Tuesday, February 23, 2016

The Enforcer (1976)

Director: James Fargo

Writers: Stirling Silliphant, Dean Riesner, Gail Morgan Hickman, S.W. Schurr

Composer: Jerry Fielding

Starring:  Clint Eastwood, Tyne Daly, Harry Guardino, Bradford Dillman, John Mitchum, DeVeren Bookwalter, John Crawford, Samantha Doane, Robert F. Hoy, Jocelyn Jones, M.G. Kelly, Nick Pellegrino, Albert Popwell, Rudy Ramos, Joe Spano

More info: IMDb

Tagline:  The "dirtiest" Harry of them all!

Plot:  Dirty Harry must foil a terrorist organization made up of disgruntled Vietnam veterans. But this time, he's teamed with a rookie female partner that he's not too excited to be working with.

My rating:  7/10

Will I watch it again?  Yeah.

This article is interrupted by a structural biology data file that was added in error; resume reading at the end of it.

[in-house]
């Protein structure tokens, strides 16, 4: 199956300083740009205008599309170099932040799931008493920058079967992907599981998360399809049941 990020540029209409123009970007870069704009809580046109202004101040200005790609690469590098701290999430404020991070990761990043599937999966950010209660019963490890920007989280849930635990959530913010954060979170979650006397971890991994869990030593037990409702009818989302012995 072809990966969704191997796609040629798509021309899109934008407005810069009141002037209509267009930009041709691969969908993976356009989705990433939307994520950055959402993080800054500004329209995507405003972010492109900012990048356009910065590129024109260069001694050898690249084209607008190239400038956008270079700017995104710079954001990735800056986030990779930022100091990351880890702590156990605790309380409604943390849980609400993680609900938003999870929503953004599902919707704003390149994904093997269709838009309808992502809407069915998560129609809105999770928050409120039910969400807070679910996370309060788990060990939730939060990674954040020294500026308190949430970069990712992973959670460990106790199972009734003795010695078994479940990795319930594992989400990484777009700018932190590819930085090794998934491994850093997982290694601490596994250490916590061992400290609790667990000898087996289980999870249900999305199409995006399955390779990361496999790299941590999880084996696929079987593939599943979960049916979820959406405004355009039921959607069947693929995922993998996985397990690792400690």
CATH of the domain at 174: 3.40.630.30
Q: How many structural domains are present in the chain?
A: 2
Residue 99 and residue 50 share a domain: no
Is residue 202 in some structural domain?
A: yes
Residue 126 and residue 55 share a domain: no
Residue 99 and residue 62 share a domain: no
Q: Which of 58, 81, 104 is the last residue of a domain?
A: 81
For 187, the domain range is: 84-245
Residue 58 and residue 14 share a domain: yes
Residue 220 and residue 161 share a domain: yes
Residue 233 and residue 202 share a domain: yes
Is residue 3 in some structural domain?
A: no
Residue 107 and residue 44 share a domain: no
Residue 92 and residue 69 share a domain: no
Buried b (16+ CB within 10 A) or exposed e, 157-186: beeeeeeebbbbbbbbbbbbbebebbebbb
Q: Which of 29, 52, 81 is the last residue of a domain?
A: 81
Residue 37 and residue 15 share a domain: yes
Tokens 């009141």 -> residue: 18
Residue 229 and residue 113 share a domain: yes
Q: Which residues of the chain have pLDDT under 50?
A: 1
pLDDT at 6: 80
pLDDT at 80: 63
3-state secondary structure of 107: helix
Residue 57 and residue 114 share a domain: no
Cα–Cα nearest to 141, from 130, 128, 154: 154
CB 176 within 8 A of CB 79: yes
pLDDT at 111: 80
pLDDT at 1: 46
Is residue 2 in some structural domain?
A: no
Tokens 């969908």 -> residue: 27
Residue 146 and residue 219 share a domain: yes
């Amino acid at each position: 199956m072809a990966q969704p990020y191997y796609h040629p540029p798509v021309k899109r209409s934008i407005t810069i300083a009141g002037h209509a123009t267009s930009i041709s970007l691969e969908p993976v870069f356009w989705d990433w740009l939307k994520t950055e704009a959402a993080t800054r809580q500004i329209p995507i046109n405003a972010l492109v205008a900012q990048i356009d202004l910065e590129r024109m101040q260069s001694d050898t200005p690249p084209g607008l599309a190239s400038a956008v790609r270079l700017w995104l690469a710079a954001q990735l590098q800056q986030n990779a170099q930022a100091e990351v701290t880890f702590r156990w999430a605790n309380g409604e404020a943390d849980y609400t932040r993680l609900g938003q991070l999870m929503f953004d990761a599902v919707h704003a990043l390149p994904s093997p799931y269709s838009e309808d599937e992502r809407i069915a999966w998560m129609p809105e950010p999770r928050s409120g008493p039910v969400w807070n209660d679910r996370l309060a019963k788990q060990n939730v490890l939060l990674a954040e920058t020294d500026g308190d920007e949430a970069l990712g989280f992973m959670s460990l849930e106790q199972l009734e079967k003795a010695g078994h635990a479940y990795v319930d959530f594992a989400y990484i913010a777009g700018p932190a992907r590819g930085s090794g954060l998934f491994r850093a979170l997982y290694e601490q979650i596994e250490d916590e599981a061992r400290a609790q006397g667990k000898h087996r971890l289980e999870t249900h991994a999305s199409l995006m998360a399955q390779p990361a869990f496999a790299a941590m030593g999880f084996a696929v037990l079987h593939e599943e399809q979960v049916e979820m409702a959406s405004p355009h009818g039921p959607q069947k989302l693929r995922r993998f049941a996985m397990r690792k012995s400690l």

This third film in the DIRTY HARRY (1971) franchise starts to get sillier and more outlandish with Harry doing whatever it takes to bring the bad guys down.  I still like it despite the dependence on one liners and the topical nature of the story.  On one hand it's great that Harry is forced to deal with A) having a partner after working alone for so long and B) having a woman fill that spot.  It very much feels like a picture where someone said, "Hey, let's tackle INSERT SOCIAL ISSUE HERE" and they made this picture.  There's just something about it but then they're taking a larger than life character and seeing what happens when they introduce him to something that's...not him.  I appreciate it on that level.  There's one thing you can't say about the series thus far and that's that the filmmakers aren't covering the same old ground; they're trying something different.  Also worth mentioning is the inclusion of Albert Popwell, a longtime friend of Eastwoods.  He's in the first four pictures and died before the fifth was made.  He's a lot of fun and it's always a treat to see this guy show up in stuff.  I really dig a lot of these 70s crime flicks.  They're grittier than before and they show us a world that almost seems foreign to the post-1980s world.  The Warner Bros. 4 Film Favorites: Dirty Harry Collection has the first four films.  This one is presented in anamorphic widescreen and the features you get are a commentary track from James Fargo, a 30 minute featurette called THE BUSINESS END: VIOLENCE IN CINEMA (anamorphic widescreen), an 8 minute vintage making of doc called HARRY CALLAHAN/CLINT EASTWOOD: SOMETHING SPECIAL IN FILMS and trailers for all 5 films in the franchise.  You can pick up this set online for less than $8 (including shipping).  It's a no-brainer.

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